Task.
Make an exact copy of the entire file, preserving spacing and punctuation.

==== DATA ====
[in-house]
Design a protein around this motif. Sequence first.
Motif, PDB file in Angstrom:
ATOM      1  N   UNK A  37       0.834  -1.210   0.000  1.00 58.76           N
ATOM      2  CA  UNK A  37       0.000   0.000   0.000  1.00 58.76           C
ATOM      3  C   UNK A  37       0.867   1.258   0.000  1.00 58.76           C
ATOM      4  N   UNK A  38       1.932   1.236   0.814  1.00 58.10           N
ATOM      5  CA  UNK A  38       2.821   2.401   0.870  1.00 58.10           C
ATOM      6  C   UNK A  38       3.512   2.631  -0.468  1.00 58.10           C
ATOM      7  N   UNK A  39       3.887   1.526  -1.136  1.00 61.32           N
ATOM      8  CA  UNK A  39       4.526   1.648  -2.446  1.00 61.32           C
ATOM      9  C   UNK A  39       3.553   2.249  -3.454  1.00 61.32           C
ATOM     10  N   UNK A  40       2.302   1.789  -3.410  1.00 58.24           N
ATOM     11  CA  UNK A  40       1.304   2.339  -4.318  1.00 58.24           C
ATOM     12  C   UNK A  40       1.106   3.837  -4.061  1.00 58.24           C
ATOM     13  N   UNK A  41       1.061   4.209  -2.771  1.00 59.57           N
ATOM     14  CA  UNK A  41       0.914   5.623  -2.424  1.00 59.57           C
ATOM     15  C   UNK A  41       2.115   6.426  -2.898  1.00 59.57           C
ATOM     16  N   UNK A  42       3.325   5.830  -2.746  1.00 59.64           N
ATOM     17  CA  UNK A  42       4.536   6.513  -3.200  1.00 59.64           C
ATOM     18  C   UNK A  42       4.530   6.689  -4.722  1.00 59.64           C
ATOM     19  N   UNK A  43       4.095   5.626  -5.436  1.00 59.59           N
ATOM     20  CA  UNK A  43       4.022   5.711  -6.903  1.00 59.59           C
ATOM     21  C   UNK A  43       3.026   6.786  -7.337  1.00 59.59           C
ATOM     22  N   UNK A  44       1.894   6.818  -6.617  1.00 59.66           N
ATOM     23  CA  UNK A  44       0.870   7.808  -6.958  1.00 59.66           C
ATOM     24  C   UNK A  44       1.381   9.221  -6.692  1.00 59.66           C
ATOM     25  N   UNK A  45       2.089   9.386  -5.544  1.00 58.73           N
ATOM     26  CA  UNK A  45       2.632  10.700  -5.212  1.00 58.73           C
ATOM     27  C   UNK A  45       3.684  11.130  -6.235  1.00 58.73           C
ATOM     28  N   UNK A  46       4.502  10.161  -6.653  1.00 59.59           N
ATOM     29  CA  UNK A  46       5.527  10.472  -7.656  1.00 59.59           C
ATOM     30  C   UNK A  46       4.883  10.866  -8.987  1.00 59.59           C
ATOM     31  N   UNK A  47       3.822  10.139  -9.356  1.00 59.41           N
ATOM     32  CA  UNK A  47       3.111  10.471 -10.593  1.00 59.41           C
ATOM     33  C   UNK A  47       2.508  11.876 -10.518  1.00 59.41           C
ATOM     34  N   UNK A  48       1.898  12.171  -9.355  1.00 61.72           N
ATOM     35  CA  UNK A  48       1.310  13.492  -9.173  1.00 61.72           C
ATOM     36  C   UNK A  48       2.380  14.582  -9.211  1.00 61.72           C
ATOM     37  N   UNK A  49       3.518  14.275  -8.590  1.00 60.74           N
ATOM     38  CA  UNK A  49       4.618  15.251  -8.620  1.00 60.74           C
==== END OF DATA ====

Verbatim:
[in-house]
Design a protein around this motif. Sequence first.
Motif, PDB file in Angstrom:
ATOM      1  N   UNK A  37       0.834  -1.210   0.000  1.00 58.76           N
ATOM      2  CA  UNK A  37       0.000   0.000   0.000  1.00 58.76           C
ATOM      3  C   UNK A  37       0.867   1.258   0.000  1.00 58.76           C
ATOM      4  N   UNK A  38       1.932   1.236   0.814  1.00 58.10           N
ATOM      5  CA  UNK A  38       2.821   2.401   0.870  1.00 58.10           C
ATOM      6  C   UNK A  38       3.512   2.631  -0.468  1.00 58.10           C
ATOM      7  N   UNK A  39       3.887   1.526  -1.136  1.00 61.32           N
ATOM      8  CA  UNK A  39       4.526   1.648  -2.446  1.00 61.32           C
ATOM      9  C   UNK A  39       3.553   2.249  -3.454  1.00 61.32           C
ATOM     10  N   UNK A  40       2.302   1.789  -3.410  1.00 58.24           N
ATOM     11  CA  UNK A  40       1.304   2.339  -4.318  1.00 58.24           C
ATOM     12  C   UNK A  40       1.106   3.837  -4.061  1.00 58.24           C
ATOM     13  N   UNK A  41       1.061   4.209  -2.771  1.00 59.57           N
ATOM     14  CA  UNK A  41       0.914   5.623  -2.424  1.00 59.57           C
ATOM     15  C   UNK A  41       2.115   6.426  -2.898  1.00 59.57           C
ATOM     16  N   UNK A  42       3.325   5.830  -2.746  1.00 59.64           N
ATOM     17  CA  UNK A  42       4.536   6.513  -3.200  1.00 59.64           C
ATOM     18  C   UNK A  42       4.530   6.689  -4.722  1.00 59.64           C
ATOM     19  N   UNK A  43       4.095   5.626  -5.436  1.00 59.59           N
ATOM     20  CA  UNK A  43       4.022   5.711  -6.903  1.00 59.59           C
ATOM     21  C   UNK A  43       3.026   6.786  -7.337  1.00 59.59           C
ATOM     22  N   UNK A  44       1.894   6.818  -6.617  1.00 59.66           N
ATOM     23  CA  UNK A  44       0.870   7.808  -6.958  1.00 59.66           C
ATOM     24  C   UNK A  44       1.381   9.221  -6.692  1.00 59.66           C
ATOM     25  N   UNK A  45       2.089   9.386  -5.544  1.00 58.73           N
ATOM     26  CA  UNK A  45       2.632  10.700  -5.212  1.00 58.73           C
ATOM     27  C   UNK A  45       3.684  11.130  -6.235  1.00 58.73           C
ATOM     28  N   UNK A  46       4.502  10.161  -6.653  1.00 59.59           N
ATOM     29  CA  UNK A  46       5.527  10.472  -7.656  1.00 59.59           C
ATOM     30  C   UNK A  46       4.883  10.866  -8.987  1.00 59.59           C
ATOM     31  N   UNK A  47       3.822  10.139  -9.356  1.00 59.41           N
ATOM     32  CA  UNK A  47       3.111  10.471 -10.593  1.00 59.41           C
ATOM     33  C   UNK A  47       2.508  11.876 -10.518  1.00 59.41           C
ATOM     34  N   UNK A  48       1.898  12.171  -9.355  1.00 61.72           N
ATOM     35  CA  UNK A  48       1.310  13.492  -9.173  1.00 61.72           C
ATOM     36  C   UNK A  48       2.380  14.582  -9.211  1.00 61.72           C
ATOM     37  N   UNK A  49       3.518  14.275  -8.590  1.00 60.74           N
ATOM     38  CA  UNK A  49       4.618  15.251  -8.620  1.00 60.74           C